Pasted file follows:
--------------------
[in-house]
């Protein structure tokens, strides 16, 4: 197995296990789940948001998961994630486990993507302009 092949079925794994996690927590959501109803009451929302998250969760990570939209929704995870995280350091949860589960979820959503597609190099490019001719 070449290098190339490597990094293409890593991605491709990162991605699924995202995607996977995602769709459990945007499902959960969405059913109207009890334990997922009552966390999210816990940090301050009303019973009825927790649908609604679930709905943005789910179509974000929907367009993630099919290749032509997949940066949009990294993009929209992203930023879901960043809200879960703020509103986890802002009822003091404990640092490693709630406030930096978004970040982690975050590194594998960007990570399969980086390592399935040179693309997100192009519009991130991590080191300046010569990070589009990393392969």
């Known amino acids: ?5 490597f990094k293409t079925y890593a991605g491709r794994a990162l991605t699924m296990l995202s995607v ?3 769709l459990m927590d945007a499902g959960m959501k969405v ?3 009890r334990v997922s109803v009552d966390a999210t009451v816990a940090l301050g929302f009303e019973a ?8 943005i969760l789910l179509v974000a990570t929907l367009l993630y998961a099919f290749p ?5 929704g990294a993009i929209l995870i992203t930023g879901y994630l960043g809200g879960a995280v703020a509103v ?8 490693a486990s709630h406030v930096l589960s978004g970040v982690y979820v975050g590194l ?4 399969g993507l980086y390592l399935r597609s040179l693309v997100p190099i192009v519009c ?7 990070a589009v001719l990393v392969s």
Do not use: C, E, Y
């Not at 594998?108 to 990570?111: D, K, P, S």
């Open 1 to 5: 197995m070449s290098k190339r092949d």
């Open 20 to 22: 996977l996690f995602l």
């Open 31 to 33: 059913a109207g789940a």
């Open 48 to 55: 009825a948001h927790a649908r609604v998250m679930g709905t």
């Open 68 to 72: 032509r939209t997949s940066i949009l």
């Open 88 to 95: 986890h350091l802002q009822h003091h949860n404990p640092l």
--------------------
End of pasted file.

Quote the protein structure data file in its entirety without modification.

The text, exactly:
[in-house]
């Protein structure tokens, strides 16, 4: 197995296990789940948001998961994630486990993507302009 092949079925794994996690927590959501109803009451929302998250969760990570939209929704995870995280350091949860589960979820959503597609190099490019001719 070449290098190339490597990094293409890593991605491709990162991605699924995202995607996977995602769709459990945007499902959960969405059913109207009890334990997922009552966390999210816990940090301050009303019973009825927790649908609604679930709905943005789910179509974000929907367009993630099919290749032509997949940066949009990294993009929209992203930023879901960043809200879960703020509103986890802002009822003091404990640092490693709630406030930096978004970040982690975050590194594998960007990570399969980086390592399935040179693309997100192009519009991130991590080191300046010569990070589009990393392969």
């Known amino acids: ?5 490597f990094k293409t079925y890593a991605g491709r794994a990162l991605t699924m296990l995202s995607v ?3 769709l459990m927590d945007a499902g959960m959501k969405v ?3 009890r334990v997922s109803v009552d966390a999210t009451v816990a940090l301050g929302f009303e019973a ?8 943005i969760l789910l179509v974000a990570t929907l367009l993630y998961a099919f290749p ?5 929704g990294a993009i929209l995870i992203t930023g879901y994630l960043g809200g879960a995280v703020a509103v ?8 490693a486990s709630h406030v930096l589960s978004g970040v982690y979820v975050g590194l ?4 399969g993507l980086y390592l399935r597609s040179l693309v997100p190099i192009v519009c ?7 990070a589009v001719l990393v392969s």
Do not use: C, E, Y
């Not at 594998?108 to 990570?111: D, K, P, S």
């Open 1 to 5: 197995m070449s290098k190339r092949d």
């Open 20 to 22: 996977l996690f995602l």
């Open 31 to 33: 059913a109207g789940a």
């Open 48 to 55: 009825a948001h927790a649908r609604v998250m679930g709905t």
């Open 68 to 72: 032509r939209t997949s940066i949009l």
């Open 88 to 95: 986890h350091l802002q009822h003091h949860n404990p640092l």